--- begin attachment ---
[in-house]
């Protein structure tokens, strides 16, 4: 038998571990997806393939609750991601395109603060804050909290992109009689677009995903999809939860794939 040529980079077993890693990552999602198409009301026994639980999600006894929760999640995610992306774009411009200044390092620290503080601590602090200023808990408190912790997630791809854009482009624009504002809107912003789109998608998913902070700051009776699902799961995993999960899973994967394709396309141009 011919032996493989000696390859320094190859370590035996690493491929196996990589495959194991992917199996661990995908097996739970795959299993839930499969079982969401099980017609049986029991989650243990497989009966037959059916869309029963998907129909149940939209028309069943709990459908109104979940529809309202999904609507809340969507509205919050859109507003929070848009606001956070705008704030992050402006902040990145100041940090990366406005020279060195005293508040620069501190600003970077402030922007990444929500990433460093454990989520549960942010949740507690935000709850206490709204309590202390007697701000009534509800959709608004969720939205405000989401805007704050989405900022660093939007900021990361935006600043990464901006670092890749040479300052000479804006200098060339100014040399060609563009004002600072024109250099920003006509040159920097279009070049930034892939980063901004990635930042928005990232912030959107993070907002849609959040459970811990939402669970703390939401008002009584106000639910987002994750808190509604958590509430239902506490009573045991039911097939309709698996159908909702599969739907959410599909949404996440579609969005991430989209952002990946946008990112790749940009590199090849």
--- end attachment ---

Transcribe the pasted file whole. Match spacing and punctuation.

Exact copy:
[in-house]
């Protein structure tokens, strides 16, 4: 038998571990997806393939609750991601395109603060804050909290992109009689677009995903999809939860794939 040529980079077993890693990552999602198409009301026994639980999600006894929760999640995610992306774009411009200044390092620290503080601590602090200023808990408190912790997630791809854009482009624009504002809107912003789109998608998913902070700051009776699902799961995993999960899973994967394709396309141009 011919032996493989000696390859320094190859370590035996690493491929196996990589495959194991992917199996661990995908097996739970795959299993839930499969079982969401099980017609049986029991989650243990497989009966037959059916869309029963998907129909149940939209028309069943709990459908109104979940529809309202999904609507809340969507509205919050859109507003929070848009606001956070705008704030992050402006902040990145100041940090990366406005020279060195005293508040620069501190600003970077402030922007990444929500990433460093454990989520549960942010949740507690935000709850206490709204309590202390007697701000009534509800959709608004969720939205405000989401805007704050989405900022660093939007900021990361935006600043990464901006670092890749040479300052000479804006200098060339100014040399060609563009004002600072024109250099920003006509040159920097279009070049930034892939980063901004990635930042928005990232912030959107993070907002849609959040459970811990939402669970703390939401008002009584106000639910987002994750808190509604958590509430239902506490009573045991039911097939309709698996159908909702599969739907959410599909949404996440579609969005991430989209952002990946946008990112790749940009590199090849």